I say surprisingly because I always thought that roasting coffee was an eminently artisanal process, where smell and taste mattered above all, the same way a wine is blended, or a perfume is put together. Veda Viraswami, the master coffee roaster bringing Ducasse’s quest for the perfect coffee cup to fruition, trained as an engineer. As he roasts a batch of the house Signature blend (a mix of beans from Brazil, Ethiopia and Laos), his eyes are glued to the screen of his computer, connected to the roasting machine with a probe transmitting exact readings on the temperature of the drum, the air circulation and other variables I am too science-averse to grasp.
The ideal roast, the one he has perfected by trial and error, is shown on a chart, all very scientific. But, as he tunes the different dials on the roaster, he reminds me of a violinist tuning his instrument. He feels the coffee beans: with his eyes and nose, as he scoops out small samples to check their color and smell them, but also with his ears, as he listens intently when they start to pop, a telltale sign that the roasting will soon be over. It does not take long to roast a batch, less than 15 minutes, plus the cooling off time, which takes place at the front of the roasting drum. As soon as the roasted beans are ready, I can see the tension dissolving from Veda’s features, visibly drained like a pilot switching off the engine of his car or his plane.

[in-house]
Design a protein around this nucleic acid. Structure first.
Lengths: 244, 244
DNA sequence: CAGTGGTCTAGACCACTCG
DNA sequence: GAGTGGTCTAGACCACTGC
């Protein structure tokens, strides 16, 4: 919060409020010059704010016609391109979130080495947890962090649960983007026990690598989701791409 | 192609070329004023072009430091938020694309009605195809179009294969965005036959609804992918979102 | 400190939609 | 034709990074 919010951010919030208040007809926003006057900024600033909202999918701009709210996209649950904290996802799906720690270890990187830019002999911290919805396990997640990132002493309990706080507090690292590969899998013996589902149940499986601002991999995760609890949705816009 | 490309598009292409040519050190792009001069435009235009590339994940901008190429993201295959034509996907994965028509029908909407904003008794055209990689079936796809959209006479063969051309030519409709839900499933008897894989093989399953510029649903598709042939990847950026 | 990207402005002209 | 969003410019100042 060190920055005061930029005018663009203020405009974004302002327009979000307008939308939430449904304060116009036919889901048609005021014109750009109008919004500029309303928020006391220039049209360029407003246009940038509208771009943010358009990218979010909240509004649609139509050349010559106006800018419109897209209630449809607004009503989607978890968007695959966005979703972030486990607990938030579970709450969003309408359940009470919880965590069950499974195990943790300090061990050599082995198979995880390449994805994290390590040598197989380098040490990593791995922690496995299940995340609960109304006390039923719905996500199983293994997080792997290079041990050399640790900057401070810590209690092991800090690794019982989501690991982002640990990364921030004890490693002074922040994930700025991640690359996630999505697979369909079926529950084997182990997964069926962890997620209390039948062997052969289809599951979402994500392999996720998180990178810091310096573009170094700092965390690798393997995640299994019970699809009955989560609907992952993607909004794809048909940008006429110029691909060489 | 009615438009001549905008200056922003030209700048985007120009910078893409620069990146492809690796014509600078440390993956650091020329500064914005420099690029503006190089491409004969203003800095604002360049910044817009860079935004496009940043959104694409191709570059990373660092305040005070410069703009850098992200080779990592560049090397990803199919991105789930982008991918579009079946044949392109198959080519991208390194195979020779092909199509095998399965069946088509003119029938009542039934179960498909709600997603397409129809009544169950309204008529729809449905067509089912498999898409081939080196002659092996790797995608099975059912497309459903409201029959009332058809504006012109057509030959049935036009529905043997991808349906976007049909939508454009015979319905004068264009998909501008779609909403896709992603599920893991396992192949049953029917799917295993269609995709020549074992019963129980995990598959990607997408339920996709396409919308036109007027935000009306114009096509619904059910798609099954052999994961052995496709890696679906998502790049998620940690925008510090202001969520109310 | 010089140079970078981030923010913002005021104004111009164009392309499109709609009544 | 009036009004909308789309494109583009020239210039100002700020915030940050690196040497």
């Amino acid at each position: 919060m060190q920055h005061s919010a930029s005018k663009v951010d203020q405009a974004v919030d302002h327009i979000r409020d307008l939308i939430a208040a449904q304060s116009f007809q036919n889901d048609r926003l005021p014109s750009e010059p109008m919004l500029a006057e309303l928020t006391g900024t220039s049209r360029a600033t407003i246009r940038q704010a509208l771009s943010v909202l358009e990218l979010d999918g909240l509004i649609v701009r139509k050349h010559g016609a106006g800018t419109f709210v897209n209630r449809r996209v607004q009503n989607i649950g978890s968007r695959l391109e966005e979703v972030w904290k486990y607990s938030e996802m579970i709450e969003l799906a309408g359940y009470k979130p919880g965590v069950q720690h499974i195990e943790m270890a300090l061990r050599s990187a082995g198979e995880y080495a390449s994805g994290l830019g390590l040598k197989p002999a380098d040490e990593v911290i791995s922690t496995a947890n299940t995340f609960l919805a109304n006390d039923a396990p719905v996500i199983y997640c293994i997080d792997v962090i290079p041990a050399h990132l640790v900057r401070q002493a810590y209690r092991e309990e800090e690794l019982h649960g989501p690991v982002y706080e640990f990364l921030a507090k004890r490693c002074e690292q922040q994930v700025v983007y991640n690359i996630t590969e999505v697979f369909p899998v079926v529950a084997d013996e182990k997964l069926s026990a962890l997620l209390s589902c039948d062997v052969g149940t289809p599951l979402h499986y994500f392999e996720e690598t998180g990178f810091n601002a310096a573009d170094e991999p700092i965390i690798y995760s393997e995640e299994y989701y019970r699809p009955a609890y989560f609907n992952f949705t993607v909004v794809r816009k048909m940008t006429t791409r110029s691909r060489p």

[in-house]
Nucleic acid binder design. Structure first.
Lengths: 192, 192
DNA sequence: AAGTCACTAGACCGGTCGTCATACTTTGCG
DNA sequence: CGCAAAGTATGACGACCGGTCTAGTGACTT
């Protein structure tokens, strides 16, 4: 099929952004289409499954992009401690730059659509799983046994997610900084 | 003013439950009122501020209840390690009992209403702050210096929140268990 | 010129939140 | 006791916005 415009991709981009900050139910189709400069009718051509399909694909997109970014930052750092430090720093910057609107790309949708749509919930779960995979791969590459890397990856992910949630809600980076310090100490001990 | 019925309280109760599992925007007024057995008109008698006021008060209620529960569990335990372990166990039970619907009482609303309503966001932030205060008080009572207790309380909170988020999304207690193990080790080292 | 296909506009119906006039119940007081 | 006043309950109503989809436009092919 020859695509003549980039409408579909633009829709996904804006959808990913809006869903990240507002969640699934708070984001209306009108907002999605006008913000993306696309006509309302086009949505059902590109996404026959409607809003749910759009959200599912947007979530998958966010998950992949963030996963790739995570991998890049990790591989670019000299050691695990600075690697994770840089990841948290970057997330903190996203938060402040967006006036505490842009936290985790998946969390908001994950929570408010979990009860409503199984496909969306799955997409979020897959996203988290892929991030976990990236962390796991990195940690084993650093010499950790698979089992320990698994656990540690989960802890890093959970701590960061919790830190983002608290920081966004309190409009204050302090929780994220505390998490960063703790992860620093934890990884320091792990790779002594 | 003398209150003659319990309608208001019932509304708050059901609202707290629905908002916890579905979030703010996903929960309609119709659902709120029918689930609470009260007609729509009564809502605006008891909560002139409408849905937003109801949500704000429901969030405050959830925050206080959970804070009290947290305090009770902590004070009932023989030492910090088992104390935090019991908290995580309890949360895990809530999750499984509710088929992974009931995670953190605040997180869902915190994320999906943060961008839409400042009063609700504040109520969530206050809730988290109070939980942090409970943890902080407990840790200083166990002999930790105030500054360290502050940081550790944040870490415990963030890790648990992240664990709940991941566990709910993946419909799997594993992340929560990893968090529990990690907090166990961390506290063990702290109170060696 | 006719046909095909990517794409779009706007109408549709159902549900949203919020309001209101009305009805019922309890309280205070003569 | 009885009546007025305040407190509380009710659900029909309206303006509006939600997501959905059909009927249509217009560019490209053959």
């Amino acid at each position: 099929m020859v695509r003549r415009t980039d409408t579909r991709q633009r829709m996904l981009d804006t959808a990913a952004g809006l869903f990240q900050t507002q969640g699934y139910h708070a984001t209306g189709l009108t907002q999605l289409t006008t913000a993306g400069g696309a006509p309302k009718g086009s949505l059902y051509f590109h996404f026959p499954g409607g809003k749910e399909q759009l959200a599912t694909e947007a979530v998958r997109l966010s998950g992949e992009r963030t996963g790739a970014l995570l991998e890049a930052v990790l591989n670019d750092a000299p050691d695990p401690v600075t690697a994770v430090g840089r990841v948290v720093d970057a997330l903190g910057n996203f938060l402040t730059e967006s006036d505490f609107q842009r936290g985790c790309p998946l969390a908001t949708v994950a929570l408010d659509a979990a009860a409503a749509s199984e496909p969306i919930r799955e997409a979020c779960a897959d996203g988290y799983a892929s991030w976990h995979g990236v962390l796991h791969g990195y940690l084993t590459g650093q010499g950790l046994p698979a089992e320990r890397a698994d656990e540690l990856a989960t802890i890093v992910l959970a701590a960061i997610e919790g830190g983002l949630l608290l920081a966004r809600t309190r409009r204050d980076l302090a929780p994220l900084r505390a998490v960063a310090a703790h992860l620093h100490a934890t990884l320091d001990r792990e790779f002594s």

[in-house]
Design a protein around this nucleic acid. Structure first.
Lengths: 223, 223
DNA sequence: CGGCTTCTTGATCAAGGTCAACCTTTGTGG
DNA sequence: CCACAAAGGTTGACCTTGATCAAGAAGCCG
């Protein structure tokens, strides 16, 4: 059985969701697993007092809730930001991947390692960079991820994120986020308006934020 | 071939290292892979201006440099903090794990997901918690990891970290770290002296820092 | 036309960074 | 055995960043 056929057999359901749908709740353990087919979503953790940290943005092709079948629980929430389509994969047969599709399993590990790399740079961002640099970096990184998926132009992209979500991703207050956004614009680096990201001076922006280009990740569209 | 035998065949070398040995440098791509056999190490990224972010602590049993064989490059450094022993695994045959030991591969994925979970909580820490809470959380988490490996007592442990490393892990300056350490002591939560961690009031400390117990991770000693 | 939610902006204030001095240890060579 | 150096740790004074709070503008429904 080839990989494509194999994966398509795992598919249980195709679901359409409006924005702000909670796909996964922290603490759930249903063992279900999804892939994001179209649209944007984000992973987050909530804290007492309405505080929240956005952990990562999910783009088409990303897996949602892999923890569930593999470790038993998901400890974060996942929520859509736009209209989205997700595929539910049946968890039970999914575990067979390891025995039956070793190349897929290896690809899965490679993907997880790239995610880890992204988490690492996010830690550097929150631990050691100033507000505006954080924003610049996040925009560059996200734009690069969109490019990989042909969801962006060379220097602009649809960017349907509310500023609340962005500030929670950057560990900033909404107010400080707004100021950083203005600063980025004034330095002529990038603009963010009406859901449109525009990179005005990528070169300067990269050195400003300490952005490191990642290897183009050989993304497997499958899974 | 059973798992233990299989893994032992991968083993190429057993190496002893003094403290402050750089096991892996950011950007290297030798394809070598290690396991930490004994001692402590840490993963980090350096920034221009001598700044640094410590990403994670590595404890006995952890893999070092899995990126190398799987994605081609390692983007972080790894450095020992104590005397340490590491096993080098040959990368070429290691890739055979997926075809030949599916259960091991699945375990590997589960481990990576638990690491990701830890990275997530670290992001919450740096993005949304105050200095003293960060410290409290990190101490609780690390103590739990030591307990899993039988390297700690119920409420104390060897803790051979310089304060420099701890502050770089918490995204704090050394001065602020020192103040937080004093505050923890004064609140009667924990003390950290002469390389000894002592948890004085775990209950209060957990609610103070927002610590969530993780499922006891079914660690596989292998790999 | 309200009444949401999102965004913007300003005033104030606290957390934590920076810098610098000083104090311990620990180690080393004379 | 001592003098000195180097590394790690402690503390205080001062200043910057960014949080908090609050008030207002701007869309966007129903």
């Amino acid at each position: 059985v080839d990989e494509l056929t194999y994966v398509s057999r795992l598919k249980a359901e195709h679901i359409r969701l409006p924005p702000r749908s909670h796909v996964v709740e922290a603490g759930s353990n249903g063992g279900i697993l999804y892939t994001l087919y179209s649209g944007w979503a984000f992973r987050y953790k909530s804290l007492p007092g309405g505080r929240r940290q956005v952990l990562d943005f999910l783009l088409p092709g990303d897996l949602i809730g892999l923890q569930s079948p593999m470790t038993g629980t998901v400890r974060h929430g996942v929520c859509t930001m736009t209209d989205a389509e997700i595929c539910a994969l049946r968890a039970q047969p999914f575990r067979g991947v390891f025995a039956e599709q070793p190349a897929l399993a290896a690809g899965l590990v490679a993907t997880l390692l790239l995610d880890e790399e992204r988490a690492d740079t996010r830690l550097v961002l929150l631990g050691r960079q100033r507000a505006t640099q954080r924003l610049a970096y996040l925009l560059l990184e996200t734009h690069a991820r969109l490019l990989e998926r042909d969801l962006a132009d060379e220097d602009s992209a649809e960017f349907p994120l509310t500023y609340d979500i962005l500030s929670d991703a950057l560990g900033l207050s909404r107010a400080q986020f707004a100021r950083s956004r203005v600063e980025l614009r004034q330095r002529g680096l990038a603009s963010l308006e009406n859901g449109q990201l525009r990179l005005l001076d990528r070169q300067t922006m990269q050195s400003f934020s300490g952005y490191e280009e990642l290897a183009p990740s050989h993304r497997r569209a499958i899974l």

As we talk about his career before joining Ducasse’s team, he comes across as an interesting mix of scientific rigor and poetic impulse. When I ask him what attracted him to coffee, his answer is “the inherent sharing nature of coffee”. His insight evokes the counter of a café where an espresso is just an excuse for interaction with friends or with the regulars… Thought-provoking for someone working for a chef catering to the gastronomic needs of the happy few.